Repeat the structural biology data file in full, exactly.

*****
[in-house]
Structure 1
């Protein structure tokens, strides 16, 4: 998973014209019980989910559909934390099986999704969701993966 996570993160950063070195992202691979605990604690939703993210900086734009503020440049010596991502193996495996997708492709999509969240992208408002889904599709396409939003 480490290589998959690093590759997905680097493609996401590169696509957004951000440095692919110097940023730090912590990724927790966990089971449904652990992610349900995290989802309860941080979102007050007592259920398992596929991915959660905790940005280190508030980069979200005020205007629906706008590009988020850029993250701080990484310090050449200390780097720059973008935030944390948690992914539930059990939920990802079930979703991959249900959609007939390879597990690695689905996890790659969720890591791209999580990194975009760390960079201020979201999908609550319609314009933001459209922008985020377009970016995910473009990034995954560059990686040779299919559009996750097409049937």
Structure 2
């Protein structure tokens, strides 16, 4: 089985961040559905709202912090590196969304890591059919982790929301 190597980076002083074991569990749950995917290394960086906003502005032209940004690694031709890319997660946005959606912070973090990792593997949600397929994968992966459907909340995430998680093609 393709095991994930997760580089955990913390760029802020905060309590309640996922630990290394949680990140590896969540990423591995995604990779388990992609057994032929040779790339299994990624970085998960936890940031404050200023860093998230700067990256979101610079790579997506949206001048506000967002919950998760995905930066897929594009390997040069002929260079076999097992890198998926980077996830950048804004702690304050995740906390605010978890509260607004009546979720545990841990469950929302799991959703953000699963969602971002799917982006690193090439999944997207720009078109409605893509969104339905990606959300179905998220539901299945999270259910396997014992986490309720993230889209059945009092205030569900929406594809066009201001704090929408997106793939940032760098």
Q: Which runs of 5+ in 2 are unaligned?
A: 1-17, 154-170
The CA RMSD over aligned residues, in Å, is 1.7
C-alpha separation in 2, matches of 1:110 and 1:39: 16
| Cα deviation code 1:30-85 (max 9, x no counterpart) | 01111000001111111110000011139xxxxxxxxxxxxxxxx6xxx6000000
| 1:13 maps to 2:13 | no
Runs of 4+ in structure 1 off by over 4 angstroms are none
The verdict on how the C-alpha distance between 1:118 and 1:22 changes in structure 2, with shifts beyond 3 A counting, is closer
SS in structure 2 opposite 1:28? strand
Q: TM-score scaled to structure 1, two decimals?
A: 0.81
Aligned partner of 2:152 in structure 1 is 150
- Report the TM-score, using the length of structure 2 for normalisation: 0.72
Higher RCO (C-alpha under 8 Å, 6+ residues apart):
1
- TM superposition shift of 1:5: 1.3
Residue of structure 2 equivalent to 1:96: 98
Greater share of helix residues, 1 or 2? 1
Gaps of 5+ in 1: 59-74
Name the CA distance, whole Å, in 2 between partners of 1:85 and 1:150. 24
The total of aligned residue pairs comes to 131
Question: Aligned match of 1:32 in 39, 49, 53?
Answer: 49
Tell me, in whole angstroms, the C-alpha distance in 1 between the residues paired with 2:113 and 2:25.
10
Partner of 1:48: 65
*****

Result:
[in-house]
Structure 1
């Protein structure tokens, strides 16, 4: 998973014209019980989910559909934390099986999704969701993966 996570993160950063070195992202691979605990604690939703993210900086734009503020440049010596991502193996495996997708492709999509969240992208408002889904599709396409939003 480490290589998959690093590759997905680097493609996401590169696509957004951000440095692919110097940023730090912590990724927790966990089971449904652990992610349900995290989802309860941080979102007050007592259920398992596929991915959660905790940005280190508030980069979200005020205007629906706008590009988020850029993250701080990484310090050449200390780097720059973008935030944390948690992914539930059990939920990802079930979703991959249900959609007939390879597990690695689905996890790659969720890591791209999580990194975009760390960079201020979201999908609550319609314009933001459209922008985020377009970016995910473009990034995954560059990686040779299919559009996750097409049937």
Structure 2
């Protein structure tokens, strides 16, 4: 089985961040559905709202912090590196969304890591059919982790929301 190597980076002083074991569990749950995917290394960086906003502005032209940004690694031709890319997660946005959606912070973090990792593997949600397929994968992966459907909340995430998680093609 393709095991994930997760580089955990913390760029802020905060309590309640996922630990290394949680990140590896969540990423591995995604990779388990992609057994032929040779790339299994990624970085998960936890940031404050200023860093998230700067990256979101610079790579997506949206001048506000967002919950998760995905930066897929594009390997040069002929260079076999097992890198998926980077996830950048804004702690304050995740906390605010978890509260607004009546979720545990841990469950929302799991959703953000699963969602971002799917982006690193090439999944997207720009078109409605893509969104339905990606959300179905998220539901299945999270259910396997014992986490309720993230889209059945009092205030569900929406594809066009201001704090929408997106793939940032760098």
Q: Which runs of 5+ in 2 are unaligned?
A: 1-17, 154-170
The CA RMSD over aligned residues, in Å, is 1.7
C-alpha separation in 2, matches of 1:110 and 1:39: 16
| Cα deviation code 1:30-85 (max 9, x no counterpart) | 01111000001111111110000011139xxxxxxxxxxxxxxxx6xxx6000000
| 1:13 maps to 2:13 | no
Runs of 4+ in structure 1 off by over 4 angstroms are none
The verdict on how the C-alpha distance between 1:118 and 1:22 changes in structure 2, with shifts beyond 3 A counting, is closer
SS in structure 2 opposite 1:28? strand
Q: TM-score scaled to structure 1, two decimals?
A: 0.81
Aligned partner of 2:152 in structure 1 is 150
- Report the TM-score, using the length of structure 2 for normalisation: 0.72
Higher RCO (C-alpha under 8 Å, 6+ residues apart):
1
- TM superposition shift of 1:5: 1.3
Residue of structure 2 equivalent to 1:96: 98
Greater share of helix residues, 1 or 2? 1
Gaps of 5+ in 1: 59-74
Name the CA distance, whole Å, in 2 between partners of 1:85 and 1:150. 24
The total of aligned residue pairs comes to 131
Question: Aligned match of 1:32 in 39, 49, 53?
Answer: 49
Tell me, in whole angstroms, the C-alpha distance in 1 between the residues paired with 2:113 and 2:25.
10
Partner of 1:48: 65